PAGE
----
High Protein Dog Food

There are mixed reviews in regards to feeding your dog high protein dog food. The question that dog owners who are considering a high protein diet should ask is whether a diet high in protein is right for their dog. Depending on their individual dog’s health, breed, activity level, age and physical condition, their dog may or may not benefit from a high protein diet. In fact, in some circumstances, a high protein diet can harm their dog. Dog owners must consider a variety of factors when deciding whether a high protein food is right for their dog.

Dogs Who Benefit from High Protein Foods

  • Puppies are the first to benefit from a high protein diet. Protein is an essential building block when it comes to muscle, hair, skin and brain development. A puppy’s diet should consist of between 25 to 30% protein in order for him to grow and develop appropriately with approximately 17% fat content for proper brain development, cellular health and skin/coat health.
  • A lactating female benefits from a high protein diet because she is producing milk and feeding her pups. Milk contains a relatively high amount of protein and in order for her body to produce a good quality milk while supporting her own health, she should be getting a high level of high quality protein. Dietary protein and fat percentages are the same for a lactating female as they are for growing puppies.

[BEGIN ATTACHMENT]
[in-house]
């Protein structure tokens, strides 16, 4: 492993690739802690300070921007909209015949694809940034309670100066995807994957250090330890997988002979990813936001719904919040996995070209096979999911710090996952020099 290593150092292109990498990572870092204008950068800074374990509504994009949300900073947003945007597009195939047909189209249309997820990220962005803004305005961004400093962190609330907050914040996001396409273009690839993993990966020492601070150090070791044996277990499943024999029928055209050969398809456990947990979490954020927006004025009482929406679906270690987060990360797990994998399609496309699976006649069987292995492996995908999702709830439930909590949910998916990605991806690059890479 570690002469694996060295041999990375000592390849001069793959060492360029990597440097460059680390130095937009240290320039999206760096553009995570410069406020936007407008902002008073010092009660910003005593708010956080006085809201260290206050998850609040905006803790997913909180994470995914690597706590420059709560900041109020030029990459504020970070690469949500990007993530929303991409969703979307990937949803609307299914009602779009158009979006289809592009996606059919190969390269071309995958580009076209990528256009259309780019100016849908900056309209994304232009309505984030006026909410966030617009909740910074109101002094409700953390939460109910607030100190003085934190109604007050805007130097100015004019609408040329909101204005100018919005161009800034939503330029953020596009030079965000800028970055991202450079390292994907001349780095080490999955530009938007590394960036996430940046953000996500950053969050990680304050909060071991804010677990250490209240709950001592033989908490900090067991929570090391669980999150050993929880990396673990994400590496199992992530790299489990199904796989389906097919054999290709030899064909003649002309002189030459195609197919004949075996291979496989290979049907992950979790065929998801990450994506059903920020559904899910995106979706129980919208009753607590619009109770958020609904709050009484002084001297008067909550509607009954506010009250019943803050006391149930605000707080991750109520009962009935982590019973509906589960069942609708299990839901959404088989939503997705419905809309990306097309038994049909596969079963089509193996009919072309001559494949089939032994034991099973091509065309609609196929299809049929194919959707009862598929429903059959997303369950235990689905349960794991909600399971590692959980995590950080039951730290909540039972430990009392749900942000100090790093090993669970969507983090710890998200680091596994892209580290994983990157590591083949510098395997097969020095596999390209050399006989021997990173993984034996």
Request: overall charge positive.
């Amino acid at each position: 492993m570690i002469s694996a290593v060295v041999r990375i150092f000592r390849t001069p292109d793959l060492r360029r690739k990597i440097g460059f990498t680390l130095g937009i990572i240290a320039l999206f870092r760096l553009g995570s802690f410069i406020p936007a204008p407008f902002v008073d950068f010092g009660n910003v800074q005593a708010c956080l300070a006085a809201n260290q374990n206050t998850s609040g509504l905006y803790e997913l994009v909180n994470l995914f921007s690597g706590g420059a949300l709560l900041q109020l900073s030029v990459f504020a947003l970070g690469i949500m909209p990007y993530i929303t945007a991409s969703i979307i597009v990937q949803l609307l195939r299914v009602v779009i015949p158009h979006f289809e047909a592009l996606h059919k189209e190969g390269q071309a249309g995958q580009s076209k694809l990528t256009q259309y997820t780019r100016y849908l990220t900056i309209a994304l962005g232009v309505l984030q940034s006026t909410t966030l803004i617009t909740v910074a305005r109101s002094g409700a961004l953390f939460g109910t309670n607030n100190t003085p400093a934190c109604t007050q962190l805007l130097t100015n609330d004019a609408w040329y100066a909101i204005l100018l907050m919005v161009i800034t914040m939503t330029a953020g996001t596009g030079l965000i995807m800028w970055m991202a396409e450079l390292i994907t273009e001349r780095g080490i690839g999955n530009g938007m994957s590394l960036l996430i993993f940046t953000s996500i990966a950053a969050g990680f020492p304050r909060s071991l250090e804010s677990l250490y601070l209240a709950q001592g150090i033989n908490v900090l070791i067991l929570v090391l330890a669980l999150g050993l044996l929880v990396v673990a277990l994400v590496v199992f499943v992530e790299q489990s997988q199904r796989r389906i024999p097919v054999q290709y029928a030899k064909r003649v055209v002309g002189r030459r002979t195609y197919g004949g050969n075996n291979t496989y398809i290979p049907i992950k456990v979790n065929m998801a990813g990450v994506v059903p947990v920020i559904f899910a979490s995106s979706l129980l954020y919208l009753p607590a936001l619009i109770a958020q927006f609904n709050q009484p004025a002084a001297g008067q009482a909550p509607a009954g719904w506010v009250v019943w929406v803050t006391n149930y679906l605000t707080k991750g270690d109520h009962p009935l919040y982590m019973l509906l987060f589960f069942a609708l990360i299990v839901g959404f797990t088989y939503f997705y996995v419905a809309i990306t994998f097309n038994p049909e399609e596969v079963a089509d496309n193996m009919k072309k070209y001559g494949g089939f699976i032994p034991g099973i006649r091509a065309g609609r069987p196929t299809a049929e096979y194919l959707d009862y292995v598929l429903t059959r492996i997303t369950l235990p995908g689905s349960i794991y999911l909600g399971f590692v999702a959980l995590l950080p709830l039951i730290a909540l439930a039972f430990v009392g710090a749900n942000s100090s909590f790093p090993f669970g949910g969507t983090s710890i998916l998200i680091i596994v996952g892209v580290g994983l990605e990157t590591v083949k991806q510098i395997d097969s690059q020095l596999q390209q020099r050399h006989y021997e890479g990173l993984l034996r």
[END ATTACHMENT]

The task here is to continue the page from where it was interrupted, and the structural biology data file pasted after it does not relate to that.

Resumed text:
• Performance dogs, such as those participating in agility competitions or other high energy activities, also benefit from a high level of protein in their diets. The protein promotes muscle strength and development and provides calories that burn more slowly and for extended periods of time than carbohydrates such as rice and other grains. Dietary protein should be about 25% with dietary fat at 20% in order to maintain a good body weight.
  • While racing sled dogs are considered performance dogs, their protein and fat requirements are highest of all. Again, the protein promotes muscle strength, development and endurance while fats help to maintain good body weight and keep them warm. 35% protein and 50% fats are a good ratio in a sled dog’s diet.

Dogs Who Should Avoid High Protein Foods

While protein is a beneficial nutrient in the canine diet, there are some dogs that do not benefit from a high protein dog food.

  • Dogs who have impaired kidney function should not be fed high protein diets. Protein is more difficult for the body to digest and puts added strain on the dog’s already weakened kidneys.
  • Dogs with underlying health conditions that put a strain on the kidneys should also avoid high protein diets. These conditions, such as diabetes, require the dog to have lower amounts of protein in order to retain as much kidney health as possible.
  • Elderly dogs should also avoid excessive protein in their food. A dog’s advanced age makes it more difficult for his body to digest proteins. A dog food with lower protein content is more appropriate for him.

Feeding your dog a high protein dog food is something that takes careful consideration. Be sure to take into consideration his health, activity level and age before deciding if a high protein diet is right for him.